Don’t forget … few professions have more rejection and challenges than sales. You’re one person who needs to be in your team’s corner. Encourage them personally and encourage their teammates to support each other at the same time.

Things to consider:
What did I last do to help inspire or motivate my team?
What and when do I plan on doing something next? At what regular interval?
What small thing could I do daily?
What’s something I could do that’s completely unexpected and exciting?

Knowledge training (product/ service/ industry)

Make sure your team stays sharp when it comes to knowing about your product/ service and industry. Do it for the obvious competitive advantage benefit but also for the benefit of your prospects and customers (no one enjoys working with half-hearted, unknowledgeable salespeople).

Consider holding periodic meetings for the sole purpose of learning something specific about what it is you sell, the industry, and the competition. Do it once or twice monthly and make the meetings 20 minutes or less to be sure everyone stays attentive. Consider standing meetings where no one sits. Choose a different person to run each one so everyone’s involved (teaching encourages deeper understanding and commitment). Reinforce the discussions with a summary by email.

Things to consider:
What’s new with our product/ service/ industry?
What are the most important things we should be reviewing?
Is my team up to speed?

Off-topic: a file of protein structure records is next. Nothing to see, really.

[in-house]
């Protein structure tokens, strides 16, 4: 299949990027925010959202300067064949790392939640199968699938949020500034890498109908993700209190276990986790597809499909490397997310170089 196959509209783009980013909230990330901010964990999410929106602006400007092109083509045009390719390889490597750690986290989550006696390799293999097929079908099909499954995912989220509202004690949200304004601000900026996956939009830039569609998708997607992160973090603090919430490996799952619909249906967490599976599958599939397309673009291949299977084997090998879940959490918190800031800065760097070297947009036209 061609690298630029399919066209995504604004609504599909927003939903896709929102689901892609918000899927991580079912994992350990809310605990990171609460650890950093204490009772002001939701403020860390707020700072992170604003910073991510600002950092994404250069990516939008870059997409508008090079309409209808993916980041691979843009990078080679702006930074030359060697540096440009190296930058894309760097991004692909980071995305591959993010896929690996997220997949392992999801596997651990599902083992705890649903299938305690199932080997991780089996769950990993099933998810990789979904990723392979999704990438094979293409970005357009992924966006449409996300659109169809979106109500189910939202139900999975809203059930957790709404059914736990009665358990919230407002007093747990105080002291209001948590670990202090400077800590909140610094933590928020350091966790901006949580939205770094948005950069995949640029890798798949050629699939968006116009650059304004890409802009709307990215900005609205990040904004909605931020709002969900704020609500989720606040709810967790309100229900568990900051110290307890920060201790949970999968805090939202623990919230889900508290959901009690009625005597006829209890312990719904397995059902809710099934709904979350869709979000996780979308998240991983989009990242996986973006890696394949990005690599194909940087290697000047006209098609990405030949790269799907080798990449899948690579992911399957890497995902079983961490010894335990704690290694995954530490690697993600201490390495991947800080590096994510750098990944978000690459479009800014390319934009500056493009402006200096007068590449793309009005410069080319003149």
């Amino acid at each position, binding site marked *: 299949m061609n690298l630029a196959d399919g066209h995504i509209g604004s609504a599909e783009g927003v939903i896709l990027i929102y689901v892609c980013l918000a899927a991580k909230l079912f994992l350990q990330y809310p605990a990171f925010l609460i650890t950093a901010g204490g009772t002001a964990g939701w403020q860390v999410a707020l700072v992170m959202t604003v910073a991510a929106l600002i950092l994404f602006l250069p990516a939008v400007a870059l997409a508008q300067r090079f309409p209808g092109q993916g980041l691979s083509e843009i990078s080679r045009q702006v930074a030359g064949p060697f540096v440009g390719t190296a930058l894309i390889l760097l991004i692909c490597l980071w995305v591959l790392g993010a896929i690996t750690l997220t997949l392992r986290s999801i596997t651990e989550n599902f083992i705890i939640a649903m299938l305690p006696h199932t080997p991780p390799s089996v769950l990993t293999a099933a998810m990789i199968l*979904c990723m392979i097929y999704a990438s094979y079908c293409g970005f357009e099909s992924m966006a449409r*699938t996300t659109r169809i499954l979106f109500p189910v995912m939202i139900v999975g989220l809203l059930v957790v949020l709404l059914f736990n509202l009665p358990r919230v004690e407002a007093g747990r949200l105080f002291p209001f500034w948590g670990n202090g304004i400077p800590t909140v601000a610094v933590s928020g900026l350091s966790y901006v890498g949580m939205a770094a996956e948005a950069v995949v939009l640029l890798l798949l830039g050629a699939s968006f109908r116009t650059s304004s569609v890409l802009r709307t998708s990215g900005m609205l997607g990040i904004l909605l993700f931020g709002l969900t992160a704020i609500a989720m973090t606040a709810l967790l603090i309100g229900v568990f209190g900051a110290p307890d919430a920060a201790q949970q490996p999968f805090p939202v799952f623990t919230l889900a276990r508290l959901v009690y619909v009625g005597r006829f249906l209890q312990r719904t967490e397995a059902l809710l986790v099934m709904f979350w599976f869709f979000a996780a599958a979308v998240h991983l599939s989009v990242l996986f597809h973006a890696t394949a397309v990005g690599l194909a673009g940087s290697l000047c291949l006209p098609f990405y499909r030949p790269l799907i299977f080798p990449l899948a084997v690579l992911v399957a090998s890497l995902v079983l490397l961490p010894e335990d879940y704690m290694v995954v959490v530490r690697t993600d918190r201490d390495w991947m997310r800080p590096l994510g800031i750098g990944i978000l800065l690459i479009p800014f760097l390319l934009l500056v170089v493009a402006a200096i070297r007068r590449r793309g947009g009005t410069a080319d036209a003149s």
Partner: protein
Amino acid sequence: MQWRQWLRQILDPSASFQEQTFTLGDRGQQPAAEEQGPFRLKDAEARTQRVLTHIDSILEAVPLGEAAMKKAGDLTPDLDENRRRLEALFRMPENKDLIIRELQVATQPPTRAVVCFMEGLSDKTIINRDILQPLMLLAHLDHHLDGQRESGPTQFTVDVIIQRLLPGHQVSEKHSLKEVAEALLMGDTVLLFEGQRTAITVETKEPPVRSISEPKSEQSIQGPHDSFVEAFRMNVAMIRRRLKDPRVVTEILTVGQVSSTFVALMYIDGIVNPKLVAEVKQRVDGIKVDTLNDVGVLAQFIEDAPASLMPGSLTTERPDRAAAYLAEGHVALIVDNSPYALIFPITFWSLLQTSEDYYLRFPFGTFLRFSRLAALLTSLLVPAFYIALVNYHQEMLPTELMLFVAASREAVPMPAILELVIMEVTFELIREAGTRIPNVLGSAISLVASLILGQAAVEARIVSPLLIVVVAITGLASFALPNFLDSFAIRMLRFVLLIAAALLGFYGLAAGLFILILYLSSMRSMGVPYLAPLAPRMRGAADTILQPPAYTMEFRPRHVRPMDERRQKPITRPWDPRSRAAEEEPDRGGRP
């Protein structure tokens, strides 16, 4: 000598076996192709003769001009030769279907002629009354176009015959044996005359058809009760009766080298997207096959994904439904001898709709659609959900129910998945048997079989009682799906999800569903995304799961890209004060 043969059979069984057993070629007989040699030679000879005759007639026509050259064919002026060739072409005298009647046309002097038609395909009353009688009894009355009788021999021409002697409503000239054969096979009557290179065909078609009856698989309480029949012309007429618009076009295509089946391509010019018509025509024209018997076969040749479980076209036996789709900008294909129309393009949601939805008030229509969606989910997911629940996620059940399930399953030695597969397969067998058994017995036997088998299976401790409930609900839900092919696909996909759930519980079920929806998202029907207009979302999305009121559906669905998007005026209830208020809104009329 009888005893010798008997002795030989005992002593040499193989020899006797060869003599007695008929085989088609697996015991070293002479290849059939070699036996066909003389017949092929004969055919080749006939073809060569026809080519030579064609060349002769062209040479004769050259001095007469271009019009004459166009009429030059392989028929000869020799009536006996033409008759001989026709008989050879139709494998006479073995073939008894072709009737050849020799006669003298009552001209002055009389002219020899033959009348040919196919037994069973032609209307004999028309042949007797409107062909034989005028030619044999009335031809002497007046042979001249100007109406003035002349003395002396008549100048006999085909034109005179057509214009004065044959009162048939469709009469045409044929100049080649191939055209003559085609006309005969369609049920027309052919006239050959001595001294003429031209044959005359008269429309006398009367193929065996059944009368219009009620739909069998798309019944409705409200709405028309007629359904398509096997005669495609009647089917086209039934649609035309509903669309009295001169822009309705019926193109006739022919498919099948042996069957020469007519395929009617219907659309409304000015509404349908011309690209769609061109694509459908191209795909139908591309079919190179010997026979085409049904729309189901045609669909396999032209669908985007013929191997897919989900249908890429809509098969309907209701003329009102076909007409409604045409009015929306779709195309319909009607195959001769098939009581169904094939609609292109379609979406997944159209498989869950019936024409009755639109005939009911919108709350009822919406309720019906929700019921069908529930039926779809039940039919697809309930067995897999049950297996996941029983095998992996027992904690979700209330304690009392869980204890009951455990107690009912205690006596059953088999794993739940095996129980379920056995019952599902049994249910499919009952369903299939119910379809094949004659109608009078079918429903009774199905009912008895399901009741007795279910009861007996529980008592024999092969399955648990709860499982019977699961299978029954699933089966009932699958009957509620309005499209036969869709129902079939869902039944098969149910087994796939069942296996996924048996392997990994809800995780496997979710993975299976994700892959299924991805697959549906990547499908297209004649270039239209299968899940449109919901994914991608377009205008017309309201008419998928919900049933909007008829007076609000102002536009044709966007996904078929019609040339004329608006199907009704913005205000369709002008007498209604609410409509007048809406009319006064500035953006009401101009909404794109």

How can I better involve my team in the process of educating themselves?


People will leave (on their own or with your help), your company will expand, and people will be promoted or relocated. You need to be proactive in your efforts to know where you can quickly go to find good people.

Things to consider:
Who might I need to replace soon?
Who seems like they’re not happy and may be leaving?
When will I next need to hire several people?
What events should I attend on a regular basis in order to find people for future openings?

Promotions/ new roles/ new positions

Some members of your team hope to reach the next level. Some hope to move into other areas and roles. Staying in front of the professional development goals of your team will help you with staff retention. Good people enjoy leaders who look out for their growth.

Things to consider:
Who on my team should I begin thinking about supporting in an effort to move into management?
Who on my team has expressed an interest in moving on to a different role?
What plans do I have in place for them?

Performance reviews

Feedback should be ongoing and frequent, but periodic formal reviews can help your team more deeply understand their individual value to the organization and the areas where they need improvement.

Things to consider:
When did I last conduct a formal performance review with those on my team?
On what regular schedule should I conduct performance reviews?
Is an annual review too long to wait? (Of course it’s too long.)
In what areas should I focus the formal review?


Recognition is a positive motivator. When your people exceed expectations or make outstanding contributions, you should recognize them as individuals as well as an inspiration for the team. Key dates such as birthdays and employment anniversaries should also be recognized when appropriate and if it’s a part of your organization’s culture.

Things to consider:
Over the last week/ month/ quarter/ year, what outstanding sales results or contributions should be recognized?
What should I do to recognize the effort and when should I do it?
What results or contributions can I forecast in the coming period that I can/ should prepare for now?
What birthdays and employment anniversaries are coming up in the next quarter? How should I recognize these events?

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Operational issues

Activity numbers